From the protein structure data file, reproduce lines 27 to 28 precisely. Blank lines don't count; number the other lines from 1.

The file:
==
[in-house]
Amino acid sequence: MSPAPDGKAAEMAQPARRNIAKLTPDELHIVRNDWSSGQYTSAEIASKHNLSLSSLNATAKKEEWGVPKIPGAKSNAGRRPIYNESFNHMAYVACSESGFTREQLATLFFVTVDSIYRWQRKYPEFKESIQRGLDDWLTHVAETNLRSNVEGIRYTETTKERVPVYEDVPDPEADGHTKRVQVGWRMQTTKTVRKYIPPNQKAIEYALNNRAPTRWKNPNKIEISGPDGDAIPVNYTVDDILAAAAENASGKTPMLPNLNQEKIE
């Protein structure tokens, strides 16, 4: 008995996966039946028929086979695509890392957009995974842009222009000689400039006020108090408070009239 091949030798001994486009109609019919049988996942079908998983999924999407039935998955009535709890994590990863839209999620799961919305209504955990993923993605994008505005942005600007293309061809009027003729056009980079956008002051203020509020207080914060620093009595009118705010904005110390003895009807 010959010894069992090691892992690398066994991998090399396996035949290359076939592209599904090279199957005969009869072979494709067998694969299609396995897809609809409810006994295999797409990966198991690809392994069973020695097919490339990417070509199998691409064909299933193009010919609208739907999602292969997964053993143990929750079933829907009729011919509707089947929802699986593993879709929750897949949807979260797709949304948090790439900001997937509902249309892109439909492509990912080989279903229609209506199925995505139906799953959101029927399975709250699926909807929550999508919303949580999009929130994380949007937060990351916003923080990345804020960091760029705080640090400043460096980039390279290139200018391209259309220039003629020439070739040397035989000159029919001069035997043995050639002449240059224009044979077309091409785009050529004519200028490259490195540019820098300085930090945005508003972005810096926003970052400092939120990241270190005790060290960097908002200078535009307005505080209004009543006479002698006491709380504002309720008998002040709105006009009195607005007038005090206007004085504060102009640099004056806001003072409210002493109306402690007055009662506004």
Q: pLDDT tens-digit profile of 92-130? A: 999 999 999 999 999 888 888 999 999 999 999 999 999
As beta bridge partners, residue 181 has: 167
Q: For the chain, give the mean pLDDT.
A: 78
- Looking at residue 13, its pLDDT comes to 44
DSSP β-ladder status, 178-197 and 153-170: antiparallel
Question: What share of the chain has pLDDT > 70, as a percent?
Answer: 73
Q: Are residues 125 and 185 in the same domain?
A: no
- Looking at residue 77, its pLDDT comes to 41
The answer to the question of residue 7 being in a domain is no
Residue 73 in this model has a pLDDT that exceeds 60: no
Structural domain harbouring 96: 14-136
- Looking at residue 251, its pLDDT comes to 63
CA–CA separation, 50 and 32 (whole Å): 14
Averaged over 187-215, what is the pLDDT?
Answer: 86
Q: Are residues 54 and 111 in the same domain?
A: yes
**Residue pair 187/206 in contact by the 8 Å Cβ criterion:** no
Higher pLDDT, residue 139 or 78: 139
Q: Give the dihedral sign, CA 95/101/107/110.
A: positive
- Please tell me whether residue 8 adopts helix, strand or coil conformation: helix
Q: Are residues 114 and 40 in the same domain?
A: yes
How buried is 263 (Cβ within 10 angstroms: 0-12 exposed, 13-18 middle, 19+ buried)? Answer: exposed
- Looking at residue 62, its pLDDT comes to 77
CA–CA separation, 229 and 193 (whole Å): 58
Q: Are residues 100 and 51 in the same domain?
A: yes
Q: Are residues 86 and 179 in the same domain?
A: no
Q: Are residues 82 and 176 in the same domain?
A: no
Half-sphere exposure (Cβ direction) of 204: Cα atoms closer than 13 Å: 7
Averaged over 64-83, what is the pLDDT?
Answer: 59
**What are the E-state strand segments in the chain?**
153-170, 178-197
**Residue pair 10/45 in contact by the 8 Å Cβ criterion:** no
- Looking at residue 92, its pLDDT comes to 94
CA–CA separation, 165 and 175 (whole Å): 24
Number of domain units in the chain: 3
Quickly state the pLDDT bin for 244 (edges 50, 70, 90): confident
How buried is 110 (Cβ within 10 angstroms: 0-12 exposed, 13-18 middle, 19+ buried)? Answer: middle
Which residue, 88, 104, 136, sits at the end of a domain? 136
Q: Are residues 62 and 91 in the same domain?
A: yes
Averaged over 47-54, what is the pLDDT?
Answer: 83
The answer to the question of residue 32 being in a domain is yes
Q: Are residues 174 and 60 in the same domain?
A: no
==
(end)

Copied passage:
A: positive
- Please tell me whether residue 8 adopts helix, strand or coil conformation: helix